Gallstone ileus

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Gallstone ileus
Video explanation
SymptomsAbdominal pain, vomiting, constipation, yellowish skin[1]
ComplicationsSepsis, pancreatitis.[1]
Usual onsetAge > 60[1]
CausesObstruction of the bowels by a gallstone[1]
Risk factorsGallstone > 2 cm, recurrent cholecystitis[1]
Diagnostic methodMedical imaging[1]
Differential diagnosisPancreatitis, bile duct stone, peptic ulcer disease, bile duct cancer[1]
Frequency0.4% of people with gallstones[1]

Gallstone ileus is a form of bowel obstruction caused by a gallstone within the gastrointestinal tract.[1] Symptoms may include abdominal pain that come and go, vomiting, and constipation.[1] Less commonly yellowish skin may occur.[1] Complications can include sepsis and pancreatitis.[1]

Risk factors include gallstones larger than 2 cm and recurrent episodes of cholecystitis.[1] The underlying mechanism involves inflammation resulting in the formation of a connection between the gallbladder and gastrointestinal tract through which gallstones can than pass.[1] These gallstones can than become stuck, most commonly in the lower part of the ileum.[1] Diagnosis may occur by medical imaging.[1]

Treatment is by surgery.[1] Surgery may involve removing the gallstone, closing the hole between the gallbladder and gastrointestinal tract, and removing the gallbladder.[1] Often only the first part is initial performed with a second surgery if symptoms continue.[1] The risk of death is about 20%.[1]

Gallstone ileus occurs in about 4 in 1,000 people with gallstones.[1] Women are three times more commonly affected than men.[1] It is more common in those over the age of 60.[1] The condition was first described by Thomas Bartholin in 1654.[1]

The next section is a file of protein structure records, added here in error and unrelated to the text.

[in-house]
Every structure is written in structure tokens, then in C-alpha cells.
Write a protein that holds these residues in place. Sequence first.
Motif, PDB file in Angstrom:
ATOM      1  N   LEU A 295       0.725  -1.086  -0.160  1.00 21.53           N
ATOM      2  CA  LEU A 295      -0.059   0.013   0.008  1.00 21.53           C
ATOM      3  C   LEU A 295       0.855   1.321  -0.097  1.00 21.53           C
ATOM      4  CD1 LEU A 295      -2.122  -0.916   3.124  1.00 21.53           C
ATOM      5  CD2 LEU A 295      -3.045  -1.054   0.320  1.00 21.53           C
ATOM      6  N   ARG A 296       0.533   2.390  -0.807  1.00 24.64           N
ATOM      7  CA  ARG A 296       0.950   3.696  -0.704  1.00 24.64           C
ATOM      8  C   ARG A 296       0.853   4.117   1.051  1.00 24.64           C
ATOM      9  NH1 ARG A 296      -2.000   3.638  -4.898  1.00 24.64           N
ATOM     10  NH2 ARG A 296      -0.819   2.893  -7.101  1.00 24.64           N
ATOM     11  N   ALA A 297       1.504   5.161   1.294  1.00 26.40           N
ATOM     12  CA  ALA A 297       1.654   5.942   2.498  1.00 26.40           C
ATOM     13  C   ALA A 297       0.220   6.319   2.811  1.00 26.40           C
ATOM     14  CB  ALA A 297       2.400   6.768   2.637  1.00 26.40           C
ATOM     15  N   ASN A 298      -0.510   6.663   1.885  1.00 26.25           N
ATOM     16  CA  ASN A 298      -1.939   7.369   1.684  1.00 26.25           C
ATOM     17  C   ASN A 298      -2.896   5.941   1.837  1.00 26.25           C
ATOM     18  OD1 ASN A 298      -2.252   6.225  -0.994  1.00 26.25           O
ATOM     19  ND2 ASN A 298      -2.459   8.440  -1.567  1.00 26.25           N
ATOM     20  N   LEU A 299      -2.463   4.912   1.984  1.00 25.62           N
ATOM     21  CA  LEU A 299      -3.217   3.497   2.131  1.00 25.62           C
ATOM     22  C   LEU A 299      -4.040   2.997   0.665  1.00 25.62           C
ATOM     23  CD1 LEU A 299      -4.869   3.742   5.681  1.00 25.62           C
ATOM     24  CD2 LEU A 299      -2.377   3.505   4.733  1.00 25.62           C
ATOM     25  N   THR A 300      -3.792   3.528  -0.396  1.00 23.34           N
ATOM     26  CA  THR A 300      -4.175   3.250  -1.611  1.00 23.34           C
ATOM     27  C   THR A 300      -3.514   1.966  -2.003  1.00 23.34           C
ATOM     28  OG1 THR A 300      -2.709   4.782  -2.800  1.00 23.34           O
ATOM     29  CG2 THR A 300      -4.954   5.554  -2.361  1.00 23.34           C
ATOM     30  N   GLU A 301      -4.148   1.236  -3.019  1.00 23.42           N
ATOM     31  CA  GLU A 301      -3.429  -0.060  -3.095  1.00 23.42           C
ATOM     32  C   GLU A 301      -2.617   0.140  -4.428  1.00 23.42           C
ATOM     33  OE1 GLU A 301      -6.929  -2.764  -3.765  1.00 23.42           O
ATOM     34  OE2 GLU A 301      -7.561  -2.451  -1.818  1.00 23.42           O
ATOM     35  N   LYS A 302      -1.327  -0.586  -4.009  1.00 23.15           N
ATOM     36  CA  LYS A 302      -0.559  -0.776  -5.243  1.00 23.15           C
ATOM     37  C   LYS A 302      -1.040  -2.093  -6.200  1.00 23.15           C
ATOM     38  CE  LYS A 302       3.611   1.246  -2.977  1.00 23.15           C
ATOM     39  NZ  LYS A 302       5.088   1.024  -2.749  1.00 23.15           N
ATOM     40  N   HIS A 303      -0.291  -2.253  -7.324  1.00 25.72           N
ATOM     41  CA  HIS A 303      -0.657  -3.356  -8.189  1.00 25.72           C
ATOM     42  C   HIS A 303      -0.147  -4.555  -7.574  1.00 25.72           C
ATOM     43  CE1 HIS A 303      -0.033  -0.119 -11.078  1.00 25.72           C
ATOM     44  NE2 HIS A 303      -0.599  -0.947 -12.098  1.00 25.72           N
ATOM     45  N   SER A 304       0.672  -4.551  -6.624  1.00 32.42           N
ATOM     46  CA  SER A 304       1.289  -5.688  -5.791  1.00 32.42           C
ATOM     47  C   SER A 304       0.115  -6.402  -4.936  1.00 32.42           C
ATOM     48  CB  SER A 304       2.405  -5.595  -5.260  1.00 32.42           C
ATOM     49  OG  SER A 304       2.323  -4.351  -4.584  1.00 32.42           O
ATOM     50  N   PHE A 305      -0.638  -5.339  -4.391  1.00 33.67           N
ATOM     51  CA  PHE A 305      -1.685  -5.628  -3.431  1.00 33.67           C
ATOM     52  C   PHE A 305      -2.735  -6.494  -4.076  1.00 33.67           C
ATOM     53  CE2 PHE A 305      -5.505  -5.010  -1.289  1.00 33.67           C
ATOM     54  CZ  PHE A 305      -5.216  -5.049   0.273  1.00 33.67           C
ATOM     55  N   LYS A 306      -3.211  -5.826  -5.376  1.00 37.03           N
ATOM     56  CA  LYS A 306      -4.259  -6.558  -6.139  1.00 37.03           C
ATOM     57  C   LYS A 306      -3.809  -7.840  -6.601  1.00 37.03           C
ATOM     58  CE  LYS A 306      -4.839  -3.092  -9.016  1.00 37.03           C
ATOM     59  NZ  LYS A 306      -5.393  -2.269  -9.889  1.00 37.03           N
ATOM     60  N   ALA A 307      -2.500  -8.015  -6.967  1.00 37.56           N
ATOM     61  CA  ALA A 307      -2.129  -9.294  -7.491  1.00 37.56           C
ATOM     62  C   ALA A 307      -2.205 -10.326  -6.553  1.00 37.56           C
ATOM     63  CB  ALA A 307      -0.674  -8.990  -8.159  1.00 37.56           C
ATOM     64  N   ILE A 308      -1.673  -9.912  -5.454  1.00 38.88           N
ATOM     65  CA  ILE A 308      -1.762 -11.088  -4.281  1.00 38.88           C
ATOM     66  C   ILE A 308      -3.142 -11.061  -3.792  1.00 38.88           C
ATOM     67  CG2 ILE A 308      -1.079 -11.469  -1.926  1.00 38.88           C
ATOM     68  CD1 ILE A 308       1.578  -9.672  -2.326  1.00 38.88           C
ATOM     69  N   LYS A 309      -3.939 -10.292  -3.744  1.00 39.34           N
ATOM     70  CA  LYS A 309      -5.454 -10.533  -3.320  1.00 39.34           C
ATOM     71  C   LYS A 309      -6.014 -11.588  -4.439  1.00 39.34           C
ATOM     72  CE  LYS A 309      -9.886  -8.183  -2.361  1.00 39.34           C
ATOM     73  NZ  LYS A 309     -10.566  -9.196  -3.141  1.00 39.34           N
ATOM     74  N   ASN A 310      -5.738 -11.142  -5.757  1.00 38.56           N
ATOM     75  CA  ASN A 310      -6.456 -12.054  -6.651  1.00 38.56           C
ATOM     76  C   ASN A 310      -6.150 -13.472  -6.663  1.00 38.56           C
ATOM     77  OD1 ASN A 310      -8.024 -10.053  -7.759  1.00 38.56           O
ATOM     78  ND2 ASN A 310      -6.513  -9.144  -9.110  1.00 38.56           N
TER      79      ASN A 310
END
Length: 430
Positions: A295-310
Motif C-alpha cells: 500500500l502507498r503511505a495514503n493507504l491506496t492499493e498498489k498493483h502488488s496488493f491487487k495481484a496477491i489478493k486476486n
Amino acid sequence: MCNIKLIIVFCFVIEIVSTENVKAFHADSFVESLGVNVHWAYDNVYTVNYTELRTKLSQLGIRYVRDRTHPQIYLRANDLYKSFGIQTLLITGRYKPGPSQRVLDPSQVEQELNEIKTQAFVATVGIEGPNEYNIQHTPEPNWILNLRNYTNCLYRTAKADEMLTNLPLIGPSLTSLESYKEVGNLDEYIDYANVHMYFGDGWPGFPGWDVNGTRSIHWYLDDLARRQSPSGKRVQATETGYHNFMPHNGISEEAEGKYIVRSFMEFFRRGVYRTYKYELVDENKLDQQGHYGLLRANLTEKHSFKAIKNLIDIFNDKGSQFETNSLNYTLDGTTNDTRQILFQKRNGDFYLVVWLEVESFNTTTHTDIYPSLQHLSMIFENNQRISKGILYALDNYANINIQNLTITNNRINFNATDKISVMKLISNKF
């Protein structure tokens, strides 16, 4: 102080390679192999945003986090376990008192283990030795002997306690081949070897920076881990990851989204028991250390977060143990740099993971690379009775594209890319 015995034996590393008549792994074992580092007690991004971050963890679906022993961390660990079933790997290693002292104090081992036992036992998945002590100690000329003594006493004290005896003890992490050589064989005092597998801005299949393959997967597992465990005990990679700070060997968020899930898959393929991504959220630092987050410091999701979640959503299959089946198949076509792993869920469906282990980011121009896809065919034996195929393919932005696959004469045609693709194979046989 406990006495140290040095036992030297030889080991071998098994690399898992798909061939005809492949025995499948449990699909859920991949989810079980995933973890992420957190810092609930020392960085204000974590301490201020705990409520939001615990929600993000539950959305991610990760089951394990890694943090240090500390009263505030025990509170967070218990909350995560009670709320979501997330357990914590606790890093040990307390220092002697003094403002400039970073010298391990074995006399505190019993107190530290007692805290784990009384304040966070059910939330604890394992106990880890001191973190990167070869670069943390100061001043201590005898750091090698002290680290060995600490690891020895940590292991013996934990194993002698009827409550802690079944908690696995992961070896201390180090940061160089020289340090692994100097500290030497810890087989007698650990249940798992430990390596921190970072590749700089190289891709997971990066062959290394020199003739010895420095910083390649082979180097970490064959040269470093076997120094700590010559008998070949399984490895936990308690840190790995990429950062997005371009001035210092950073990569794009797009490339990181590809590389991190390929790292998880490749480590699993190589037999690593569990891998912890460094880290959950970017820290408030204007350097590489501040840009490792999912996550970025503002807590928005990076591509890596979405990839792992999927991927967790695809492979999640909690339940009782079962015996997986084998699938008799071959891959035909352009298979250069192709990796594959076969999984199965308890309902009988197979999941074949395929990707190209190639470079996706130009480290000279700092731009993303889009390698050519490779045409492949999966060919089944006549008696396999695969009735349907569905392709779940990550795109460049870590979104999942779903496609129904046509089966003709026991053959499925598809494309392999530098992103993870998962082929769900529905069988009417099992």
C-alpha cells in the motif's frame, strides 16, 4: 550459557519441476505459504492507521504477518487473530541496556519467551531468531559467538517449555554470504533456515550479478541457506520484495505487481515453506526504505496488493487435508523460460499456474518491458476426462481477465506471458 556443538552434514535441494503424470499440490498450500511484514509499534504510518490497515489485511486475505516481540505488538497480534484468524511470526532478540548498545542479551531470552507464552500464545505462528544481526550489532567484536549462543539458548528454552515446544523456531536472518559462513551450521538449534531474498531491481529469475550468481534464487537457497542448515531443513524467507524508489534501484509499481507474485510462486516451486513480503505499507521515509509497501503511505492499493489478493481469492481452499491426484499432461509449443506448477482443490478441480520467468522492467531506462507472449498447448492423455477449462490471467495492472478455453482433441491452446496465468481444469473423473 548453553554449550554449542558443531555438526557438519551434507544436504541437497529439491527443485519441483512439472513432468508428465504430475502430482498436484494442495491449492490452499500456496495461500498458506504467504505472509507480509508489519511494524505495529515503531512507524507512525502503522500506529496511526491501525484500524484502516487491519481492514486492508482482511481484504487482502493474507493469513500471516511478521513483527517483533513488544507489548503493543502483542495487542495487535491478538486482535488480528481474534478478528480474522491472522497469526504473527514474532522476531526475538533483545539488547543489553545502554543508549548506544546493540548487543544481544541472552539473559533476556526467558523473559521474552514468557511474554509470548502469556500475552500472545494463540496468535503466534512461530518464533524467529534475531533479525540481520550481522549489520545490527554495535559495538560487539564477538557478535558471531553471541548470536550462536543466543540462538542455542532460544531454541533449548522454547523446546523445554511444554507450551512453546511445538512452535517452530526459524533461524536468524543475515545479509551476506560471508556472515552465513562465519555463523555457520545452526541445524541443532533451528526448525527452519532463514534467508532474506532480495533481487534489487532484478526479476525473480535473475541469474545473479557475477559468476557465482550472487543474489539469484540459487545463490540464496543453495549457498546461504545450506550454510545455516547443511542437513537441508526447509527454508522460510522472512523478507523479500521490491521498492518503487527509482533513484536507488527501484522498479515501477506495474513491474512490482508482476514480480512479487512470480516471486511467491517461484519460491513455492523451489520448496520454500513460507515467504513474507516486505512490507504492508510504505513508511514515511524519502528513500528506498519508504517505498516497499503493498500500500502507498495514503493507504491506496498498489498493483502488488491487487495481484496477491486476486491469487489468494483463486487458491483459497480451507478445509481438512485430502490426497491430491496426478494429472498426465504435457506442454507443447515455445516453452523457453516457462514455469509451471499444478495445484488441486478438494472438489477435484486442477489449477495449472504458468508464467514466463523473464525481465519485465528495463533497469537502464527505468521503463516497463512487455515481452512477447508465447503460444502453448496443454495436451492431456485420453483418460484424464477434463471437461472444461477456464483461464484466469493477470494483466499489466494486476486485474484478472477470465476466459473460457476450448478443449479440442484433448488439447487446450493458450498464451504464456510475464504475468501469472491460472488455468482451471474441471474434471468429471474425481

Signs and symptoms

Symptoms may include abdominal pain that come and go, vomiting, and constipation.[1] Less commonly yellowish skin may occur.[1] Complications can include sepsis and pancreatitis.[1]


It is believed to be due to impaction of a gallstone in the gastrointestinal tract after having gone through a biliary-enteric fistula.[2]


Coronal CT image demonstrating gallstone ileus arrow (and stricture in distal ileum).

Diagnosis of gallstone ileus requires radiographic studies. Classic radiographic findings are known as Rigler's triad:[3]


Initial management involves fluid resuscitation and potentially nasogastric suctioning.[4] Since gallstone ileus constitutes a form of mechanical small bowel obstruction, it can be a surgical emergency and requires open or laparoscopic surgery to remove an impacted stone.[4] The different strategies for surgical management are either enterolithotomy alone, allowing a delayed cholecystectomy after an inflammation-free period of 4–6 weeks (and therefore two-stage surgery) or enterolithotomy in combination with a cholecystectomy and fistula division (one-stage surgery). The different strategies for surgical management are controversial, and depend on factors such as patient fitness for surgery and comorbidities.[5]


Bouveret's syndrome refers to reverse gallstone ileus where the gallstone propagates proximally and causes gastric outlet obstruction by being impacted in first part of duodenum.

The name "gallstone ileus" is a misnomer because an ileus is, by definition, a non-mechanical bowel motility failure (as opposed to a mechanical obstruction by a stone).


  1. 1.00 1.01 1.02 1.03 1.04 1.05 1.06 1.07 1.08 1.09 1.10 1.11 1.12 1.13 1.14 1.15 1.16 1.17 1.18 1.19 1.20 1.21 1.22 1.23 1.24 1.25 1.26 1.27 Turner, AR; Sharma, B; Mukherjee, S (January 2020). "Gallstone Ileus". PMID 28613584. {{cite journal}}: Cite journal requires |journal= (help)
  2. Turner, Anisha R.; Sharma, Bashar; Mukherjee, Sandeep (2022). "Gallstone Ileus". StatPearls. StatPearls Publishing. Archived from the original on 5 July 2022. Retrieved 19 August 2022.
  3. Ibrahim, Dalia; Gaillard, Frank. "Rigler's Triad". Radiopaedia. Archived from the original on 18 December 2013. Retrieved 17 December 2013.
  4. 4.0 4.1 Longo, DL; Fauci, AS; Kasper, DL; Hauser, SL; Jameson, JL; Loscalzo, J (2015). Harrison's Principles of Internal Medicine (19 ed.). New York: McGraw-Hill. pp. 2081–2082. ISBN 978-0-07-180216-1. Archived from the original on 17 December 2013. Retrieved 3 March 2017.
  5. Fitzgerald J, Fitzgerald L, Maxwell-Armstrong C, Brooks A (2009). "Recurrent gallstone ileus: time to change our surgery?". Journal of Digestive Diseases. 10 (2): 149–151. doi:10.1111/j.1751-2980.2009.00378.x. PMID 19426399.

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